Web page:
By allowing ads to appear on this site, you support the local businesses who, in turn, support great journalism.
Halloween made scarier by drunken drivers
Police urge revelers to find safe way home
Placeholder Image

Nearly 1 in 3 adults plans to attend a Halloween party tonight, and that gives some folks the shivers.

During the last three years, 15 people were killed and 47 seriously injured on the night of Oct. 31 on Georgia roads and highways, according to the Governor’s Office of Highway Safety. Most fatal crashes were the result of drunk driving.

"These numbers are frightening," said the agency’s director, Bob Dallas.

Dallas said some days on the calender have in recent years seen spikes in drunk driving. Halloween, which once was mostly about trick-or-treating and other
family-oriented pastimes, is one of them.

"Cinco de Mayo, St. Patrick’s Day and now Halloween have morphed into truly terrifying nights of deadly drinking and driving on the Georgia social calender," Dallas said. "It should be a time for scary costumes, trick-or-treating with the kids and good family fun."

But with the growth in more adult-oriented Halloween happenings, "we’re not talking kids’ stuff anymore," Dallas said. "And neither are the cops."

Indeed, expect to see an increased law enforcement presence on the roads tonight — increased even over the usual Halloween boost in patrols.

"With Halloween being on a Saturday evening, we are increasing our patrols more than normal," said Hall County Sheriff’s Col. Jeff Strickland. "Normally on a weekday (Halloween), when people have to be at work the next day, things are much less active and it’s fairly uneventful. This year, we do anticipate there will be a number of parties that involve alcohol."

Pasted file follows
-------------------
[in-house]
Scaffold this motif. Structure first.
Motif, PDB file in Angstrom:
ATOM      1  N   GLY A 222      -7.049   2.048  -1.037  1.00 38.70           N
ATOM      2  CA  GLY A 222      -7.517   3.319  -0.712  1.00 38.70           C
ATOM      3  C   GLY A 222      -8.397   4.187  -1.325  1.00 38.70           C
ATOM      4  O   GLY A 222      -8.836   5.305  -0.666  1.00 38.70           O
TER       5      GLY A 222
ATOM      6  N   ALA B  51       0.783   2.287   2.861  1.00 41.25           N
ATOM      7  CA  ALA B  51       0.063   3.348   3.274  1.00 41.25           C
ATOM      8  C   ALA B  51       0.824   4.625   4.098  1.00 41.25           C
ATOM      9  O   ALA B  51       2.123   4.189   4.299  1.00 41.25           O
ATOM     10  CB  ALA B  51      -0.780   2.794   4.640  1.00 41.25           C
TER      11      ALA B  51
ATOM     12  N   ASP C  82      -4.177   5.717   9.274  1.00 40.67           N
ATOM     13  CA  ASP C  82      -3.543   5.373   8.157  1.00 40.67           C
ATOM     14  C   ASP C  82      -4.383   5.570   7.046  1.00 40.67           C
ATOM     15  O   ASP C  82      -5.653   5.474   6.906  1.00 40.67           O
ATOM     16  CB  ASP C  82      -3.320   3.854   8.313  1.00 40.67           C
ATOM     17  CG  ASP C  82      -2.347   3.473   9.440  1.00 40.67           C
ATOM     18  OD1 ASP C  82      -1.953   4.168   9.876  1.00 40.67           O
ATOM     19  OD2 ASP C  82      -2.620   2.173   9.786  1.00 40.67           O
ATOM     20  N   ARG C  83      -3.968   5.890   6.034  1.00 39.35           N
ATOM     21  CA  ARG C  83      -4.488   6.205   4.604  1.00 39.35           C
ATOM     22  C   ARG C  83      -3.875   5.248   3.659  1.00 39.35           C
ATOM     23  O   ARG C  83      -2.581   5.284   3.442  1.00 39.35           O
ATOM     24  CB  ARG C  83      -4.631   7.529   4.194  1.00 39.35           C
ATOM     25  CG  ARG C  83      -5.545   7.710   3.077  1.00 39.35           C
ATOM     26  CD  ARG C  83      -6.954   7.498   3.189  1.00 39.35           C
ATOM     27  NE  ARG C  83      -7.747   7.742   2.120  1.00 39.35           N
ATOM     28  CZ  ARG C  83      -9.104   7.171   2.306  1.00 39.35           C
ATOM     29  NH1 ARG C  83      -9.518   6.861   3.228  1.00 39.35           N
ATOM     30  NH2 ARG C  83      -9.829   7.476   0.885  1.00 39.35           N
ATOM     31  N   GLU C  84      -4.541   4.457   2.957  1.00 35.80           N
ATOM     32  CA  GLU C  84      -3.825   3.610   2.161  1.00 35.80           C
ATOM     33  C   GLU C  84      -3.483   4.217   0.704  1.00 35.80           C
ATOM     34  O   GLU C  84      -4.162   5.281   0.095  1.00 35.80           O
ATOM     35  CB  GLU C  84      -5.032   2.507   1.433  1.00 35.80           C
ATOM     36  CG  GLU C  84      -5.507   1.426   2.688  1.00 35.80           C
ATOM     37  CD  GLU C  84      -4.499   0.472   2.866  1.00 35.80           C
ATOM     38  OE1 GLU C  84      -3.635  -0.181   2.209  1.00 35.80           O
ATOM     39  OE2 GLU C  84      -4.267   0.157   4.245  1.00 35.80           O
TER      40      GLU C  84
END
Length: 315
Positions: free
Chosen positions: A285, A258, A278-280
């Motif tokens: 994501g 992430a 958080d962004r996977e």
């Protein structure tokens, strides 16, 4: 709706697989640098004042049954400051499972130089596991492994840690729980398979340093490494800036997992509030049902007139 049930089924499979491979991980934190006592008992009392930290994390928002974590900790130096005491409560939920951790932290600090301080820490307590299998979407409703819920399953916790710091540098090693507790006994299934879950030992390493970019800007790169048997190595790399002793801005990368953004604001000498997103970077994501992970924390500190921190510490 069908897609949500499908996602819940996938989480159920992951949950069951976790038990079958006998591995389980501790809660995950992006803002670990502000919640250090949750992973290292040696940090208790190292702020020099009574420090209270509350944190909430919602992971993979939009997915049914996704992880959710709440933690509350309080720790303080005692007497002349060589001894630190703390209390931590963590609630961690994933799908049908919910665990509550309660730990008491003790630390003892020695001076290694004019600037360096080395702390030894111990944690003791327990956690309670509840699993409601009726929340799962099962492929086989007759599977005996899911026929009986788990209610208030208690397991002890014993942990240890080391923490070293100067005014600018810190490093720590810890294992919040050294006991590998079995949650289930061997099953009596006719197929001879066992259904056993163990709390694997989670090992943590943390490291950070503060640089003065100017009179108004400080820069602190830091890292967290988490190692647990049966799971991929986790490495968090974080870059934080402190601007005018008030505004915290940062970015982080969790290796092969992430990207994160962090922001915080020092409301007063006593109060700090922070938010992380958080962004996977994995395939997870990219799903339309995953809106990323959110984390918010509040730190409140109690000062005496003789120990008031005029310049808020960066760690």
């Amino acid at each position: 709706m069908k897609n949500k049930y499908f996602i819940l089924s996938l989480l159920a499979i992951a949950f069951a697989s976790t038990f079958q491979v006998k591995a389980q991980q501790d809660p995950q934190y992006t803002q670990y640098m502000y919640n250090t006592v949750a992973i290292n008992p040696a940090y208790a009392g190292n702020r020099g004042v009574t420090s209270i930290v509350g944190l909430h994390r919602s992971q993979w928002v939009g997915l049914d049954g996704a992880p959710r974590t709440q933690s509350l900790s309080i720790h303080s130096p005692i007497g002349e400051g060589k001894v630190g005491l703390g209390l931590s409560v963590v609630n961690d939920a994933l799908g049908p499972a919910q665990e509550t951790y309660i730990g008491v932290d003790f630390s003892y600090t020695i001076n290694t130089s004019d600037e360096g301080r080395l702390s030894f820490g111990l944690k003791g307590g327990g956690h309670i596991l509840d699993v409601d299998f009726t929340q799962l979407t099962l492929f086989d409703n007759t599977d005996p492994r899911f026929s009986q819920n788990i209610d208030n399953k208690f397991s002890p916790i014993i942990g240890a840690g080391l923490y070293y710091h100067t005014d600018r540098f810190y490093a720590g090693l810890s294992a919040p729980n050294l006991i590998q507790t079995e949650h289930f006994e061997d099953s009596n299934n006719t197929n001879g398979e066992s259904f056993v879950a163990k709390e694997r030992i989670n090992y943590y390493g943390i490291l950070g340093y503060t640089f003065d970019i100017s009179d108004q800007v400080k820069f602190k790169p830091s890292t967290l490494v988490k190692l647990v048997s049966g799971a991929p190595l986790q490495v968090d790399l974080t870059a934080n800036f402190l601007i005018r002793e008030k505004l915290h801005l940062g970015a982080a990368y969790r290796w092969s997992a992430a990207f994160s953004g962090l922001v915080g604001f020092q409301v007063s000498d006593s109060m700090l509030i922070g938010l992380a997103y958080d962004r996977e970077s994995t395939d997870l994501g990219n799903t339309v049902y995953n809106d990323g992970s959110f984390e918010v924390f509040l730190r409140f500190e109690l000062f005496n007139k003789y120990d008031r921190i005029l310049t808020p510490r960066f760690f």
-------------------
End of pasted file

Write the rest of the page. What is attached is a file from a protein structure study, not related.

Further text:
The sheriff’s traffic enforcement unit will be out looking for drivers under the influence, while the crime suppression unit will focus on safety in neighborhoods, Strickland said.

The Gainesville police traffic enforcement and specialized service units will be on the lookout for trouble as well, said Lt. Carol Martin.

AAA Auto Club South this week cited a study by the National Retail Federation that shows the popularity of Halloween parties for adults has been steadily growing in the past decade.This year, about 30 percent of adults will be celebrating All Hallow’s Eve with others, and an estimated 62 percent of those ages 18-24 will attend or host a party, according to the study.

As always, people out on the roads tonight are asked to slow down, pay careful attention and be on the lookout for costumed tykes making the trick-or-treating rounds. Motorists should watch for children darting across streets and should not pass cars stopped in the road, as they could be dropping off children. On this night especially, drivers are strongly discouraged from texting or talking on cell phones while driving.

Those intent on some late-night Halloween revelry need to plan a safe way home before the festivities begin, either by designating a sober driver, planning to stay overnight or calling a cab later.

"We’re urging people to make safety a priority and please do not drink and drive," Strickland said.

Regional events